Once upon a time there was a 3-year old in Mt. Airy who experienced one of the strongest storms in Philadelphia history. Its name was Hazel, and it produced the highest wind gust ever recorded here-94 mph. Hazel formed in the Caribbean and raced up the East Coast, hitting North Carolina in the morning and passing west of Philadelphia THE SAME EVENING.
I AM NOT SAYING THAT WE WILL HAVE “ANOTHER HAZEL”. DON’T QUOTE ME THAT WAY. BUT DOES THAT MEAN WE HAVE TO SHUT UP AND IGNORE THE MOST ACCURATE COMPUTER MODEL IN THE WORLD?
Now to the science (yes, the 3-year old was me)……
Question 1: Is Sandy in a favorable position for a) strengthening and b) moving north for many days. Answer: Yes. The central Caribbean, where Sandy has just formed, is THE most favored area for formation in October. And, many October/November storms track northward (many track northeastward as well).
Question 2: Is the current overall weather pattern favorable for a strengthening, northward tracking storm. Yes. Computer models virtually all agree on at least 3 days of this.
The European computer model has, in general, gone for an extreme East Coast solution 3 times in a row. It has the unofficial title of most accurate model in the world overall, and has had that for at least 20 years.
Question 3: Are there other computer models that have extreme solutions, even if they are not identical to the EURO? Yes (No one would expect identical solutions 5-8 days ahead of time!). The Canadian has also had consistently extreme solutions for the past 24 hours. It often has extreme solutions, so that’s not too surprising. But another model, the UKMET, also had extreme solutions (not nearly as extreme as the other 2, but pretty impressive). Even the Japanese model is “onboard”. Only the American model, the GFS, has a clear out-to-sea solution.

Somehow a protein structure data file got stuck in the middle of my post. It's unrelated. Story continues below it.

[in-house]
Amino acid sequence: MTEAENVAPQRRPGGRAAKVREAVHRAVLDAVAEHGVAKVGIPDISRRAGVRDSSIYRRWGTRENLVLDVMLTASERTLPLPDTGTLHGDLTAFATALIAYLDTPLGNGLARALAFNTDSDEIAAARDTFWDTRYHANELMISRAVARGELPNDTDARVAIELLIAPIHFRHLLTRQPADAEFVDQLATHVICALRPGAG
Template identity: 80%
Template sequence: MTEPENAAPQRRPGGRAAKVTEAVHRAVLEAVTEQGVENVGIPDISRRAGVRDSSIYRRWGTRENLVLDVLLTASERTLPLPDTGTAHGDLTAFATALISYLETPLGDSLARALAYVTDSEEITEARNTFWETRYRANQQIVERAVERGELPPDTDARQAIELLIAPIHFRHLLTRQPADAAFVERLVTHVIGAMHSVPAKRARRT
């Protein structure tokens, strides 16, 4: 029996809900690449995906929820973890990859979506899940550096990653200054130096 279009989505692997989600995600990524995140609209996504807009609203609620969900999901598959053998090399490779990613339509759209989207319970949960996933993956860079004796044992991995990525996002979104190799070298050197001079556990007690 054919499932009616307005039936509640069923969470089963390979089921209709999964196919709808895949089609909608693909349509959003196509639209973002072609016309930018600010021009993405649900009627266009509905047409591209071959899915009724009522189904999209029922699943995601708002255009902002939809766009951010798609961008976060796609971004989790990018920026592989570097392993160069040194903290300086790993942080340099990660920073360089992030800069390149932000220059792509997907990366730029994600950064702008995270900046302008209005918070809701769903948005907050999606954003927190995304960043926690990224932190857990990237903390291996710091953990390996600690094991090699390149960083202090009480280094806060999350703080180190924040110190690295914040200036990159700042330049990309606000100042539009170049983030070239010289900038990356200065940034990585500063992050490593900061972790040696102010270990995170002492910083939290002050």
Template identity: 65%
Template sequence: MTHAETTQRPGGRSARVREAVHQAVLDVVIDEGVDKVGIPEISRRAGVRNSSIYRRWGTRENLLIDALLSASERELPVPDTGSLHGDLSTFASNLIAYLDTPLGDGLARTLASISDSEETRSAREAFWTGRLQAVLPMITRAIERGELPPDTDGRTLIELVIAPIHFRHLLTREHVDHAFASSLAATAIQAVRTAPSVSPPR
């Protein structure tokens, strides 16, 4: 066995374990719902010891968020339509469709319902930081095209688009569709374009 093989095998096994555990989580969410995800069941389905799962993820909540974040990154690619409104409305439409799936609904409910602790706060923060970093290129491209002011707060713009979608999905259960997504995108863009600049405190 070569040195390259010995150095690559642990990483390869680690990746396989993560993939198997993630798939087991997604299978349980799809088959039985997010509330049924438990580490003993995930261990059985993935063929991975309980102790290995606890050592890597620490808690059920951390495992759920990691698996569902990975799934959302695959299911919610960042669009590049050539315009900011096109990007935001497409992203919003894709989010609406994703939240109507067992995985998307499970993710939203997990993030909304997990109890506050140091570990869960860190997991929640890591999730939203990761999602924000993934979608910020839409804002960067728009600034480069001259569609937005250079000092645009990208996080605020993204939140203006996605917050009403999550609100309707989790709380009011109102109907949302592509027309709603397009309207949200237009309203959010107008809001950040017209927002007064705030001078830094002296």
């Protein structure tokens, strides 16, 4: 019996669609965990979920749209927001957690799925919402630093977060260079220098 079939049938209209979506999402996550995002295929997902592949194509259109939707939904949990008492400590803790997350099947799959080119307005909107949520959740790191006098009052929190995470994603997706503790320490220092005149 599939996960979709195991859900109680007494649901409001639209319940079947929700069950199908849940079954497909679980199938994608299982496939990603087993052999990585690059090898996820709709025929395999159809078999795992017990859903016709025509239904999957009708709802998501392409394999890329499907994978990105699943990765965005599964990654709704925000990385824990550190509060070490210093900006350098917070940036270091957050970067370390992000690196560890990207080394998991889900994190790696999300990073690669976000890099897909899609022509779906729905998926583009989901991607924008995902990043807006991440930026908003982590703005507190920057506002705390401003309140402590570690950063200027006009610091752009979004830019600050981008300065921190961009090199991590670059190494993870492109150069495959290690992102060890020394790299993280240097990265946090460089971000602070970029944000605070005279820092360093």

Question 4: Is the EURO solution representative of other “ensemble members” from the EURO. Yes. The EURO is run 51 times with slight differences in the current conditions. At NBC10, we get maps and data from these “ensembles” exclusively. We can’t show them to you, but I can tell you that many of the 50 other solutions are extreme AND close enough to the East Coast for major impacts.
Question 5: Do the folks at the National Weather Service in Wash, DC think an extreme East Coast solution is possible? Yes. Here’s their official 7-day forecast valid next Monday.
Question 6: Even if the track of this Hurricane/Hybrid/Nor’easter goes hundreds of miles offshore, will it still have a significant impact on the East Coast? Yes. As we say all the time, hurricanes are NOT a point, often covering hundreds of miles. And part hurricane/part Nor’easter storms are often even bigger. That means heavy rain, gusty winds, rip currents, and beach erosion could still happen with an offshore track.
Although it’s nearly a week from now, there is enough evidence for a large, strong storm of some sort: Tropical, Nor’easter, or Hybrid (combination, of Tropical & Nor’easter) tracking off the East Coast. Of course, details are far from clear-cut. I’ll update the scenarios and odds as the week progresses.